Husker research focuses on atrazine Monday, August 29, 2022
A University of Nebraska–Lincoln project to detect atrazine dissipation and evaluate herbicide programs without atrazine has received a $47,154 grant from the Nebraska Environmental Trust.

See full story in Nebraska Today


Researchers develop guide to fighting redcedar invasion Wednesday, August 24, 2022
 Christine Bielski | Agronomy and Horticulture
A University of Nebraska–Lincoln project to improve efforts against redcedar invasions has received an $81,690 grant from the Nebraska Environmental Trust. Dirac Twidwell, the principal investigator, and Dillon Fogarty, project coordinator, developed that unified vision with the publication of their vulnerability guide, “Reducing woody encroachment in grasslands: A guide for understanding risk and vulnerability.”

See full story in Nebraska Today


Basche to receive ASA Early Career Award Monday, August 22, 2022
Andrea Basche
Andrea Basche, an assistant professor in cropping systems in the Department of Agronomy and Horticulture, will be formally presented with the American Society of Agronomy Early Career Award at the ASA Awards Ceremony Nov. 8 during the scientific society’s Annual Meeting in Baltimore, Maryland.

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Quick joins department as recruitment specialist Thursday, August 18, 2022
Tyler Quick
Tyler Quick joined the Department of Agronomy and Horticulture July 18 as the new undergraduate recruitment specialist. He has quickly begun work to engage prospective students in plant and landscape systems and plant biology at the University of Nebraska–Lincoln.

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Grassini appointed to endowed professorship Wednesday, August 17, 2022
Patricio Grassini
University of Nebraska–Lincoln’s Patricio Grassini, associate professor of agronomy and horticulture, has been named the Sunkist Fiesta Bowl Distinguished Professor in Agronomy.

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10 earn graduate degrees Monday, August 15, 2022
August 2022 Department of Agronomy and Horticulture graduates.

The University of Nebraska–Lincoln conferred 632 degrees during a combined graduate and undergraduate commencement ceremony Aug. 13 at Pinnacle Bank Arena, 400 Pinnacle Arena Drive.

Susan M. Swearer, Willa Cather Professor and chair of the Department of Educational Psychology at Nebraska, will deliver the commencement address. Swearer is a licensed psychologist, co-director of the Bullying Research Network and director of the Nebraska Bullying Prevention and Intervention Initiative.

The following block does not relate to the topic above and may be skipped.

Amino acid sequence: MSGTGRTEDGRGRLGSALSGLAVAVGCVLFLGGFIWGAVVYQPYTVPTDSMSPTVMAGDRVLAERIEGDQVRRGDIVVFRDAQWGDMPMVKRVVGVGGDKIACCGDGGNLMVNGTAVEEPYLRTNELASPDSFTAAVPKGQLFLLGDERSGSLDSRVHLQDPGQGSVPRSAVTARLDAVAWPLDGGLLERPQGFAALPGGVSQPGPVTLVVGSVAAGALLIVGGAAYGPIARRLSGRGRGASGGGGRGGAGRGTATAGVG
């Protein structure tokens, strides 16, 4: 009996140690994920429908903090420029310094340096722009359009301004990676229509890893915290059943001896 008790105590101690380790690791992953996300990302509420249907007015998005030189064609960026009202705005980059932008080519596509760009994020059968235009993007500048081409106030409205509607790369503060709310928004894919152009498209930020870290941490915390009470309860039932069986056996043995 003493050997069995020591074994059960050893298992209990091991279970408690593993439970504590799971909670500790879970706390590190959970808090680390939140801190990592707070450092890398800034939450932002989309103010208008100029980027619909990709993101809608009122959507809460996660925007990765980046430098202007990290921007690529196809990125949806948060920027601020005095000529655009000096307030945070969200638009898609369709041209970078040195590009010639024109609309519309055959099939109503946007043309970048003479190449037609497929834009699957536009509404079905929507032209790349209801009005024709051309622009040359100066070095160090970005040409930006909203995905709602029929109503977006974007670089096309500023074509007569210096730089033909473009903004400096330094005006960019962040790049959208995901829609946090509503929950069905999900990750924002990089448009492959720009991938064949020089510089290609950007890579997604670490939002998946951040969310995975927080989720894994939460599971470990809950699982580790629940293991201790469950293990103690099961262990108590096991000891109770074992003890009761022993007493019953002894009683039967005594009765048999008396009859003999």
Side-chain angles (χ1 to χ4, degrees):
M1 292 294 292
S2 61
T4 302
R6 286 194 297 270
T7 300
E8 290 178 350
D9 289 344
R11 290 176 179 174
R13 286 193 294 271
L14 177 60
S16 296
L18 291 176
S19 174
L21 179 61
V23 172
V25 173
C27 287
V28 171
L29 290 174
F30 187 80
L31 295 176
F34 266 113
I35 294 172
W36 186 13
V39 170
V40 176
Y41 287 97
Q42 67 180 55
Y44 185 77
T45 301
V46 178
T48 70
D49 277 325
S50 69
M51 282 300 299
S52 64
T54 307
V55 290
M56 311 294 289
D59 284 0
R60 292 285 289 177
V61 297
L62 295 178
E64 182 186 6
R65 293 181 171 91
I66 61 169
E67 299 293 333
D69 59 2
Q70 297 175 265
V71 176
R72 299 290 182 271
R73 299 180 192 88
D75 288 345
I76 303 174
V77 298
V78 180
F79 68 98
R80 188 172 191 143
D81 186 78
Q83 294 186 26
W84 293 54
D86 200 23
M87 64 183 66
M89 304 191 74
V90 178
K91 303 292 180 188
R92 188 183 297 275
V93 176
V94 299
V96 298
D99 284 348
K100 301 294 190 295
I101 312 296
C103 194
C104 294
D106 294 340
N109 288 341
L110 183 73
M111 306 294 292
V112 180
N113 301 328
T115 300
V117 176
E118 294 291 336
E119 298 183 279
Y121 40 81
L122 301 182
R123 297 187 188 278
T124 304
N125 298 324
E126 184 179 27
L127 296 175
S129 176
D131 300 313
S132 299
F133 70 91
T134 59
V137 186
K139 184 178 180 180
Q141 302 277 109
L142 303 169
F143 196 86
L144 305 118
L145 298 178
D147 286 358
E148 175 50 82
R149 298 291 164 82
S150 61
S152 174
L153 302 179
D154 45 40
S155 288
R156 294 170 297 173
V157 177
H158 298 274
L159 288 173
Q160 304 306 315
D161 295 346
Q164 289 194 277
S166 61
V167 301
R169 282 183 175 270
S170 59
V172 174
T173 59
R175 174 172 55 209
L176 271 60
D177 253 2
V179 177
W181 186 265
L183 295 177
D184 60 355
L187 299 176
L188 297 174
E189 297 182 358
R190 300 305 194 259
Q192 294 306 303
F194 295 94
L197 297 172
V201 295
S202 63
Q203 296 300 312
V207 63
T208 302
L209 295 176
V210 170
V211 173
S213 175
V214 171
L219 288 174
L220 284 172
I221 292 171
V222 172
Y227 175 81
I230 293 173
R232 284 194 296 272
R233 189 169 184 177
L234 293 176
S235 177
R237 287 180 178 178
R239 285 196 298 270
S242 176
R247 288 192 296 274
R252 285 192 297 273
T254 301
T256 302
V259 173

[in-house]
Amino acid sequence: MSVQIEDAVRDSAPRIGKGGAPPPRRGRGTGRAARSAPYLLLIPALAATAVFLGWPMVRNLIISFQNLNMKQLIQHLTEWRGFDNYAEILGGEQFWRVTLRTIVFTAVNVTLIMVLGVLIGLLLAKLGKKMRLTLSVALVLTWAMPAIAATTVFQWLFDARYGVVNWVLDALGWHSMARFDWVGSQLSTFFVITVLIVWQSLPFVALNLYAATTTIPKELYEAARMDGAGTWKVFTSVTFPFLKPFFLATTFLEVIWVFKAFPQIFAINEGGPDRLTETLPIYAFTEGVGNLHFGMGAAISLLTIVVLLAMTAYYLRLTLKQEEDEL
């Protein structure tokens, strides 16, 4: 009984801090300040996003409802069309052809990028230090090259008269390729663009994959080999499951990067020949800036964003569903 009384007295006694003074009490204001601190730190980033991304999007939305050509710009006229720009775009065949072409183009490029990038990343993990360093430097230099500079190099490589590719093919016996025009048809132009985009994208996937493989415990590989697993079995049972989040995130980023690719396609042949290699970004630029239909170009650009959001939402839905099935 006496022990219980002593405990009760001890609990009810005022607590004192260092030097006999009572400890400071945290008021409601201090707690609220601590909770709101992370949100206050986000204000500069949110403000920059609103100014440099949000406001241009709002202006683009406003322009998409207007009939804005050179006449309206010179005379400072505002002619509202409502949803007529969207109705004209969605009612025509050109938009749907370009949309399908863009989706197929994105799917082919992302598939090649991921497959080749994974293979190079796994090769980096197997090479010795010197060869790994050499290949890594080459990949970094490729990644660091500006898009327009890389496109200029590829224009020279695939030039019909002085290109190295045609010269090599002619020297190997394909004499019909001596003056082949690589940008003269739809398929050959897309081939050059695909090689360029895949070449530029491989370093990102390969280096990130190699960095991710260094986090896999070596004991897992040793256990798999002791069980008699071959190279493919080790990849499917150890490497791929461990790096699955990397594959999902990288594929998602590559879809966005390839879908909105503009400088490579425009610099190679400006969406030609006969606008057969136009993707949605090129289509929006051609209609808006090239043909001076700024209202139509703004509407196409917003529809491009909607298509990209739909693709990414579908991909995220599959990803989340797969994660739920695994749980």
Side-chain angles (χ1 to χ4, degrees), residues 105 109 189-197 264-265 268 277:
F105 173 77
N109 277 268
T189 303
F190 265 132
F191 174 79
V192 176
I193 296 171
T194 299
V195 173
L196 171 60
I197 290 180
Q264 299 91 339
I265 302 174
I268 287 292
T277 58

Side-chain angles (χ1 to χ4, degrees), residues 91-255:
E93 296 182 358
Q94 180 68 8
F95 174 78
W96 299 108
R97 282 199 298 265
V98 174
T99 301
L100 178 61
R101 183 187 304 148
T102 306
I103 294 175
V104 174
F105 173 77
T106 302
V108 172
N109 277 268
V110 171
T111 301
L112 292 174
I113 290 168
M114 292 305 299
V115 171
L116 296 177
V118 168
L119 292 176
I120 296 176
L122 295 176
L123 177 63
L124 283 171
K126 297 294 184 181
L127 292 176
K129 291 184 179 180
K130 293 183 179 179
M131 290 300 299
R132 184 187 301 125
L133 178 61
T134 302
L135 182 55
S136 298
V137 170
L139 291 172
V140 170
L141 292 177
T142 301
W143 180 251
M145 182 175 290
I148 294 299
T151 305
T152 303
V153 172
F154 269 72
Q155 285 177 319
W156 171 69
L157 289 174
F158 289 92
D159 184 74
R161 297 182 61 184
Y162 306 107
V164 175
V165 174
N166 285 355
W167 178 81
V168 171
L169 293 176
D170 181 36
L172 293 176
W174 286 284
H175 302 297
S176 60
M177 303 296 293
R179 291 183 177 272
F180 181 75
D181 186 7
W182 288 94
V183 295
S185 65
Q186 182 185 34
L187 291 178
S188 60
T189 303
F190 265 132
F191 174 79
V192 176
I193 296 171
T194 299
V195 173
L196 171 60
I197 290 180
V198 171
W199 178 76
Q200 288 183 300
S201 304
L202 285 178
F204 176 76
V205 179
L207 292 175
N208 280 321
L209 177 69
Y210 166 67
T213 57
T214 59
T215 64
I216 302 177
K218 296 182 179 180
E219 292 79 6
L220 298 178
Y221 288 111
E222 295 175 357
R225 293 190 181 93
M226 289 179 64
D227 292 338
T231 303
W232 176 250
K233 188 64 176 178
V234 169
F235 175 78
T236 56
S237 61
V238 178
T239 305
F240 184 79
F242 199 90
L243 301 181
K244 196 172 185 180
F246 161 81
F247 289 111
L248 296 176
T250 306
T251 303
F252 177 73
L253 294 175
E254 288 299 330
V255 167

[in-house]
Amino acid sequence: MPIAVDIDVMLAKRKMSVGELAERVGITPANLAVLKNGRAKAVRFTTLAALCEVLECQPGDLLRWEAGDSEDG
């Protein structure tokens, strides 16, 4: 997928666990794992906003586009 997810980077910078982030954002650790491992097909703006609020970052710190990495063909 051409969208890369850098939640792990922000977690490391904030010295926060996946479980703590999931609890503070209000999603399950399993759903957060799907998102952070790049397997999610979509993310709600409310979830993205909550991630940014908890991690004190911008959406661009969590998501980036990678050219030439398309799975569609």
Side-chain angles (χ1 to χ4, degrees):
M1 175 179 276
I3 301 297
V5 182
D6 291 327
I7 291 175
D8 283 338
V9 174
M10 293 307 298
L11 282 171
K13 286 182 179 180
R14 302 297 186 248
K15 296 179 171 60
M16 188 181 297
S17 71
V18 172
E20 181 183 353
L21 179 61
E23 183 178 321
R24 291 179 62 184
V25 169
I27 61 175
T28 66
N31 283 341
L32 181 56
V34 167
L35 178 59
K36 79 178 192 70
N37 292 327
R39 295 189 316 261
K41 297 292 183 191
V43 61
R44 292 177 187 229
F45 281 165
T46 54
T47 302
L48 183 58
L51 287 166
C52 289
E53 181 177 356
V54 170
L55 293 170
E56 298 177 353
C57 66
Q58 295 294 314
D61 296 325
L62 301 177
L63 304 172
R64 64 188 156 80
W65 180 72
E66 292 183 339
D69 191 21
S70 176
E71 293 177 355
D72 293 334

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Kansas, Nebraska researchers use plants to pull toxic lead from soil Monday, August 15, 2022
University of Nebraska-Lincoln researchers compared the amount of lead taken up by lettuce planted in highly leaded soil, plain agricultural soil, and soil with biochar and coffee grounds added.
According to a 2020 experiment led by Ryley Thomas, a student under the supervision of Assistant Professor Michael Kaiser in the Department of Agronomy and Horticulture at the University of Nebraska–Lincoln, adding biochar to soil reduced the amount of lead taken up by the lettuce planted in it.

Full story from NPR


Omaha Tribe receives $671K grant for hydroponic farming Monday, August 8, 2022
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A first-of-its-kind grant will fund the building of three hydroponic greenhouses on the Omaha reservation.

See full story in Nebraska Today


Tross awarded Corteva Agriscience fellowship Friday, August 5, 2022
Michael Tross
Michael Tross, University of Nebraska–Lincoln doctoral student studying integrated plant biology, is the recipient of the competitive Developing Emerging Leaders and Talent in Agriculture Fellowship from Corteva Agriscience. Tross is advised by James Schnable, University of Nebraska–Lincoln Department of Agronomy and Horticulture professor and the Dr. Charles O. Gardner Professor of Agronomy.

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In Nebraska’s Loess Canyons, Setting Trees Ablaze Gives Prairie Birds a Boost Wednesday, August 3, 2022
A prescribed burn beats back trees in Loess Canyons. Photo: Andy Moore
For generations Great Plains ranchers saw fire as a foe. Now they’re banding together and embracing it as a tool to restore grassland habitat. Liza Grotelueschen and her neighbors began carefully restoring fire to the landscape after seeing the march of woody species displace prairie plants that feed wildlife and livestock alike. “A grassland needs fire as much as it needs water,” says Dirac Twidwell, a University of Nebraska-Lincoln rangeland ecologist. “If you shut off water, it turns into a desert. If you shut off fire, it turns into woodlands.”

See full story in Audubon Magazine